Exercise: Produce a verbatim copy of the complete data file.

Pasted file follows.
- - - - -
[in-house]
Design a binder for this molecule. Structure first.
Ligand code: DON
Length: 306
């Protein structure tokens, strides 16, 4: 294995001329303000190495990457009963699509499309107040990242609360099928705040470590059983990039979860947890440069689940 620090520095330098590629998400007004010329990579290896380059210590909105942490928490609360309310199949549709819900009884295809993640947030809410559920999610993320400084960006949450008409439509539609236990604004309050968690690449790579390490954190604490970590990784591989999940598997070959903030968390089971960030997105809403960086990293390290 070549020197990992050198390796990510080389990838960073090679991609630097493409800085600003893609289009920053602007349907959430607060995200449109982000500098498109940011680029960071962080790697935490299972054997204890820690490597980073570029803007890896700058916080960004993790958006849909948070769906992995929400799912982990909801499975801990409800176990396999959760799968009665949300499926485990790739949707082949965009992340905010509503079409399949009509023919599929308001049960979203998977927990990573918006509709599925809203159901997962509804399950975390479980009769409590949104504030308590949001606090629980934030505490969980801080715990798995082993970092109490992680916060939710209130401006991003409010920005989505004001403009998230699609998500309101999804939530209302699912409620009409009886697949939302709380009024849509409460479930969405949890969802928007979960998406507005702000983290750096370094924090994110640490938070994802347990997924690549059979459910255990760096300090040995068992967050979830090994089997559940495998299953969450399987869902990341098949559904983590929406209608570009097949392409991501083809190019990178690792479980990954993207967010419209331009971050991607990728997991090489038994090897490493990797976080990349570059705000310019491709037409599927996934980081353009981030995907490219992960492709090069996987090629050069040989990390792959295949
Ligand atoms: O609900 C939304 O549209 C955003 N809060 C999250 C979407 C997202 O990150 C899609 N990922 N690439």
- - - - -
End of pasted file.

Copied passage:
[in-house]
Design a binder for this molecule. Structure first.
Ligand code: DON
Length: 306
């Protein structure tokens, strides 16, 4: 294995001329303000190495990457009963699509499309107040990242609360099928705040470590059983990039979860947890440069689940 620090520095330098590629998400007004010329990579290896380059210590909105942490928490609360309310199949549709819900009884295809993640947030809410559920999610993320400084960006949450008409439509539609236990604004309050968690690449790579390490954190604490970590990784591989999940598997070959903030968390089971960030997105809403960086990293390290 070549020197990992050198390796990510080389990838960073090679991609630097493409800085600003893609289009920053602007349907959430607060995200449109982000500098498109940011680029960071962080790697935490299972054997204890820690490597980073570029803007890896700058916080960004993790958006849909948070769906992995929400799912982990909801499975801990409800176990396999959760799968009665949300499926485990790739949707082949965009992340905010509503079409399949009509023919599929308001049960979203998977927990990573918006509709599925809203159901997962509804399950975390479980009769409590949104504030308590949001606090629980934030505490969980801080715990798995082993970092109490992680916060939710209130401006991003409010920005989505004001403009998230699609998500309101999804939530209302699912409620009409009886697949939302709380009024849509409460479930969405949890969802928007979960998406507005702000983290750096370094924090994110640490938070994802347990997924690549059979459910255990760096300090040995068992967050979830090994089997559940495998299953969450399987869902990341098949559904983590929406209608570009097949392409991501083809190019990178690792479980990954993207967010419209331009971050991607990728997991090489038994090897490493990797976080990349570059705000310019491709037409599927996934980081353009981030995907490219992960492709090069996987090629050069040989990390792959295949
Ligand atoms: O609900 C939304 O549209 C955003 N809060 C999250 C979407 C997202 O990150 C899609 N990922 N690439």